CEO Tara Pham said the city’s willingness to work with a startup and use new technology is important.

Elementary students from KIPP Victory Academy in St. Louis and Rockwood Center for Creative Learning in Ellisville break ground on the Arch museum expansion Wednesday, April 29, 2015. CityArchRiver Executive Director Maggie Hales looks on from back.
Camille Phillips | St. Louis Public Radio

Construction is underway on the Gateway Arch museum expansion.  The groundbreaking ceremony for the latest phase of the $380 million CityArchRiver project was held Wednesday at the site of the future entryway to the museum, sandwiched between the Arch and the soon-to-be-completed park over the highway.

Alderwoman Cara Spencer, D-20th Ward, thanks her supporters after being sworn into the board of Aldermen.
Jason Rosenbaum I St. Louis Public Radio

When the U.S. Department of Housing and Urban Development bestowed a Promise Zone designation on parts of St. Louis, officials here saw at as an opportunity to turn distressed parts of the region around.

But at least one St. Louis alderman is questioning the boundaries of the Promise Zone – especially since it doesn’t take in hard-hit portions of the city’s South Side.

At hundreds of libraries across the U.S., 3-D printers can sometimes be heard whirring in the background, part of an effort to encourage interest in the new technology and foster DIY "maker spaces."

In some libraries, officials have begun to set restrictions on the 3-D printers amid concerns about how they'll be used.

At the University City Public Library in St. Louis, Patrick Wall recently printed a green plastic sword from the game Minecraft.

Air pollution from coal-fired power plants, industrial activities, and cars contributes to asthma and other health problems in the St. Louis area.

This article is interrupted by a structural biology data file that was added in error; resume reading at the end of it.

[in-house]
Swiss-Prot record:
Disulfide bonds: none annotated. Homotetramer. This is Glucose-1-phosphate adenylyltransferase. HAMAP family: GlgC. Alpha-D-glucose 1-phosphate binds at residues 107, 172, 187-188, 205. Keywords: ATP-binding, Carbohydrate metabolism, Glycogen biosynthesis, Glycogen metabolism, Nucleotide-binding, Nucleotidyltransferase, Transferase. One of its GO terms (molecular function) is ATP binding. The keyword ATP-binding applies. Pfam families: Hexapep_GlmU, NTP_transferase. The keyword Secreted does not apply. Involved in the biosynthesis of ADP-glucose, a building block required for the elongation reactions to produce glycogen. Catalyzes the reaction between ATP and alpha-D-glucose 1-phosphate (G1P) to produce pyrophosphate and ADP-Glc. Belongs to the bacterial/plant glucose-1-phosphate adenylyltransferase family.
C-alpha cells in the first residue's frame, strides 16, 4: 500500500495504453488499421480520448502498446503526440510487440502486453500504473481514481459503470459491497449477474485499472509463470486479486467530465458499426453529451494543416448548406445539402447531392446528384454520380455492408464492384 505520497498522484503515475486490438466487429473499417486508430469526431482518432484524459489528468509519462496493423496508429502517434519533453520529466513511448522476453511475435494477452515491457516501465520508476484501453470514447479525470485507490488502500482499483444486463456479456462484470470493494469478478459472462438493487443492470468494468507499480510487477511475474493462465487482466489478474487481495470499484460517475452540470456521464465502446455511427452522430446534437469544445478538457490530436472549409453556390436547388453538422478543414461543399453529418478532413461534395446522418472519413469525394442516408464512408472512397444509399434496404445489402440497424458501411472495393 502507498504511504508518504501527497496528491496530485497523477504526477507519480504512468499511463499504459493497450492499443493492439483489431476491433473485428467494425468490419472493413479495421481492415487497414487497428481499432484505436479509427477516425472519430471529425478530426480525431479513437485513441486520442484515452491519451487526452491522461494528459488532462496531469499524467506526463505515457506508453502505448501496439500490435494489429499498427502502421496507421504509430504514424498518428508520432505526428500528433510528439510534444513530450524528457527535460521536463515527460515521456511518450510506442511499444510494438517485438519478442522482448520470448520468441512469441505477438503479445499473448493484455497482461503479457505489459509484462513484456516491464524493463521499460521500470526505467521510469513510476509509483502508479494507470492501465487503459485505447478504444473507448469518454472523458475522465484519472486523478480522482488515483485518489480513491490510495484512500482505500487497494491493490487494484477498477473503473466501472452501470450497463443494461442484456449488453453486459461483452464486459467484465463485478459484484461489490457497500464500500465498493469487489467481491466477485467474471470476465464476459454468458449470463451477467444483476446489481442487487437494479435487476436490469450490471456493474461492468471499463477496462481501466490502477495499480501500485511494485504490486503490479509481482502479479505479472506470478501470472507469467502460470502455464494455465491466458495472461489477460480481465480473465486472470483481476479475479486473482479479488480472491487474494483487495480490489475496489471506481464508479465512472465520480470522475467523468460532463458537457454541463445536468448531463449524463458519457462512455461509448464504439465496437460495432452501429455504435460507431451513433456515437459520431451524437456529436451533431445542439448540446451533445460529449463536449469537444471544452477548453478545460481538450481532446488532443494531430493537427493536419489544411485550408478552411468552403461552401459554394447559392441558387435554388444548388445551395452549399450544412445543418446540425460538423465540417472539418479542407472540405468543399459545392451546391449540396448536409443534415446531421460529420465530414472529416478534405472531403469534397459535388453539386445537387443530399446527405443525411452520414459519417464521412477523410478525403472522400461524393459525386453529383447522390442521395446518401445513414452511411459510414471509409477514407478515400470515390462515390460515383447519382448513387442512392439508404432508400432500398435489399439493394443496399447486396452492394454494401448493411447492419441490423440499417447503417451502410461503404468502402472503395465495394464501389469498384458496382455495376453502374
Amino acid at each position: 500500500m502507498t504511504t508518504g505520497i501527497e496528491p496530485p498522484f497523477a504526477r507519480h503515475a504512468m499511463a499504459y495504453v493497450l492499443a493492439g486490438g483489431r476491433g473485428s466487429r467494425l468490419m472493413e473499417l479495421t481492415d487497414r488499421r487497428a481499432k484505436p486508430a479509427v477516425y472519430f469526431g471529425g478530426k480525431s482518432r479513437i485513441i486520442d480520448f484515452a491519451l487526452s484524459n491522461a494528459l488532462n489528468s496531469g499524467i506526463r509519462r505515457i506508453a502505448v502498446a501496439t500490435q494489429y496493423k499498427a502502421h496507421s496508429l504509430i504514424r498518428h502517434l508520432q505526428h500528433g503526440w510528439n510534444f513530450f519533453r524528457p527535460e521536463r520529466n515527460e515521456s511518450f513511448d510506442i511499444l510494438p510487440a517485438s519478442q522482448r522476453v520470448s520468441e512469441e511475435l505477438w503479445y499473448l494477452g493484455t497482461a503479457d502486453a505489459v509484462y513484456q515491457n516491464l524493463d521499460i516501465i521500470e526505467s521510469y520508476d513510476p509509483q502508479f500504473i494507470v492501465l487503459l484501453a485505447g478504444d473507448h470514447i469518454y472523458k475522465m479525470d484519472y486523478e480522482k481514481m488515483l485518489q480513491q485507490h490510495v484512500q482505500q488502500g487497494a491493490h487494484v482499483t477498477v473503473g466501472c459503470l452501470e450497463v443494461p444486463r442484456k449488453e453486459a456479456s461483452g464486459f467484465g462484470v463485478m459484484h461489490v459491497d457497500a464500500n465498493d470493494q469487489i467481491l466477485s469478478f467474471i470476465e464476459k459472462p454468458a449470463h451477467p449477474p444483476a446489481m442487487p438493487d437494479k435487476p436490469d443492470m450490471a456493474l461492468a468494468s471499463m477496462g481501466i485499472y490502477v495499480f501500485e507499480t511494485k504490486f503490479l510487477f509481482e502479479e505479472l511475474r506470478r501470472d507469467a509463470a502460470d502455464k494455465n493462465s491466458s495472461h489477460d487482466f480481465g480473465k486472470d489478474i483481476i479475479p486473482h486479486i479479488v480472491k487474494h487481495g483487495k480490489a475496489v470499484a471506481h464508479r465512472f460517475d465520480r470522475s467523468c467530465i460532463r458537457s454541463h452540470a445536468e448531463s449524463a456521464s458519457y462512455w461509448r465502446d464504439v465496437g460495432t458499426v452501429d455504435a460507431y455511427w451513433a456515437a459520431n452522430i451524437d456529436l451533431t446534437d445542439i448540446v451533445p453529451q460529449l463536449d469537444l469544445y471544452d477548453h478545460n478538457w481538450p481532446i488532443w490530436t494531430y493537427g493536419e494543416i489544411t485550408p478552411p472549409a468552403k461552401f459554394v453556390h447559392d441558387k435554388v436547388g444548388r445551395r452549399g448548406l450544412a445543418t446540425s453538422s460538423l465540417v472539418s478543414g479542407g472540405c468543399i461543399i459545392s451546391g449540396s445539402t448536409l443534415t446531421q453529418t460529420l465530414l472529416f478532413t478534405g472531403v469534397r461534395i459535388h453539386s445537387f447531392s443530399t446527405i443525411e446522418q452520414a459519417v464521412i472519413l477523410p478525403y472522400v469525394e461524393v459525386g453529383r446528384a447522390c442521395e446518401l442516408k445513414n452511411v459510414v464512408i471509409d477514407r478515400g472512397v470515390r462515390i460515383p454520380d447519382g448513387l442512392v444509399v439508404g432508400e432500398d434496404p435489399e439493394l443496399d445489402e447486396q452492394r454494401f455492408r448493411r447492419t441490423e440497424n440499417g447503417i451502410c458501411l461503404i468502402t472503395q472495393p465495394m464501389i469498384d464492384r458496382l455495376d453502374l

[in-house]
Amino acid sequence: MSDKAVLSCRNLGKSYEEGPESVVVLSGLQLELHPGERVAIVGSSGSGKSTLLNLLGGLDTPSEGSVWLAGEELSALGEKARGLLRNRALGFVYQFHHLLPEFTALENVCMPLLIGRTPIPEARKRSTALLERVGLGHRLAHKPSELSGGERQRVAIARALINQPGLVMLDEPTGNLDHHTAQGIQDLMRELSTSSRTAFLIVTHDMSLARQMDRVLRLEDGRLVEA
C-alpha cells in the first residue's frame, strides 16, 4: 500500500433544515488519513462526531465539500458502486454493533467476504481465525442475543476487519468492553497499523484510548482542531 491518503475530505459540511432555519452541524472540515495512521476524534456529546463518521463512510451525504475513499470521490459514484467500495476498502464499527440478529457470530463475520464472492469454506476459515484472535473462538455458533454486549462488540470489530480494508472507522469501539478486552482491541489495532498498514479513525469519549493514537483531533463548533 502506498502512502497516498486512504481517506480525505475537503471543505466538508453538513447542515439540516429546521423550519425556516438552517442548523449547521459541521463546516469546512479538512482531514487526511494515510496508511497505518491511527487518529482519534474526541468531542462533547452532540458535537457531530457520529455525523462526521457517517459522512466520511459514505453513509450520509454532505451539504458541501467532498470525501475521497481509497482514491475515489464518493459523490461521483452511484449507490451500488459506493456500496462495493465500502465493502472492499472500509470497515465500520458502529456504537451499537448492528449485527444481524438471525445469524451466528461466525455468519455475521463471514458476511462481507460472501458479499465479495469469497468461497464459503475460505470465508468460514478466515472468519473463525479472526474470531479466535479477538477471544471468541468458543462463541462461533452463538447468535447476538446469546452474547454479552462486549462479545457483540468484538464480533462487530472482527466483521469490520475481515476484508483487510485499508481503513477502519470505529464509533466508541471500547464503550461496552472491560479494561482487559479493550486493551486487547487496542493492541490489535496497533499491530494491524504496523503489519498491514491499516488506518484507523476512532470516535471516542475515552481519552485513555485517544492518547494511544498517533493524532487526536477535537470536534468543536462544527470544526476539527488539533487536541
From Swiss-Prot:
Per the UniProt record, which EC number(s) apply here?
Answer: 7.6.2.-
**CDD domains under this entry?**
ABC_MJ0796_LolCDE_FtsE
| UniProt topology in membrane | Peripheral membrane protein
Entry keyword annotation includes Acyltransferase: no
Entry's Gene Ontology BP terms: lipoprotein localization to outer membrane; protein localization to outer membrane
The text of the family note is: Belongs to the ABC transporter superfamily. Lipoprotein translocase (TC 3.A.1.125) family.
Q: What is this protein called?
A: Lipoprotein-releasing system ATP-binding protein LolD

Syracuse University News Services

The American Lung Association says a data collection glitch in Illinois means it can’t determine whether air quality in the city of St. Louis has worsened.

Katelyn Petrin | St. Louis Public Radio

The blue and yellow exterior is almost complete, and the store is on track to open this fall in Midtown St. Louis.

We’re talking about the IKEA, of course.

The Swedish furnishings company’s arrival in St. Louis has been long awaited and much anticipated. It will be the 41st store in the U.S., but the first in Missouri.

U.S. Housing and Urban Development Secretary Juliàn Castro announces that St. Louis was one of eight communiteis picked for his agency's "Promise Zone" program.
Jason Rosenbaum | St. Louis Public Radio

U.S. Housing and Urban Development Secretary Juliàn Castro announced Tuesday that parts of the St. Louis region were designated by his agency as a Promise Zone.

Speaking at the MET Center in Wellston, Castro said that St. Louis was one of eight communities picked for HUD’s program. Among other things, the program gives selected cities greater access to federal money and manpower to redevelop struggling areas.

historic preservation, Landmarks Association of St. Louis
(courtesy of Landmarks Association of St. Louis)

The Cupples 7 building in downtown St. Louis was on the National Register of Historic Places, but that didn’t save it from the wrecking ball.

The nine-story building was torn down in 2013 after becoming so unstable the city considered it a public safety risk.

In the wake of the demolition, Landmarks Association of St. Louis decided it was time to create a low-interest loan program for historic preservation.

LaunchCode, community center, tech jobs
(Maria Altman, St. Louis Public Radio)

A former state unemployment center on St. Louis’ north side could soon become LaunchCode’s new community center.

The non-profit that focuses on training people in technology and placing them in jobs, made the announcement Friday at the former Nathaniel J. ‘Nat’ Rivers State Office Building at 4811 Delmar Avenue.

"Take a look at this building right now," said LaunchCode co-founder Jim McKevley while pointing to the beige walls, "then come back in a year, and I guarantee it will not look like this."

(courtesy Ameren)

The Missouri Coalition for the Environment filed a federal lawsuit Thursday over a federal agency’s renewal for Ameren’s Callaway Nuclear Power Plant.

(Maria Altman, St. Louis Public Radio/Mapbox, OpenStreetMap)

It’s not the first time.

Developer Paul McKee is facing a $17 million lawsuit over defaulted loans connected to the Northside Regeneration project in St. Louis, and he owes more than $750,000 in property taxes to the city.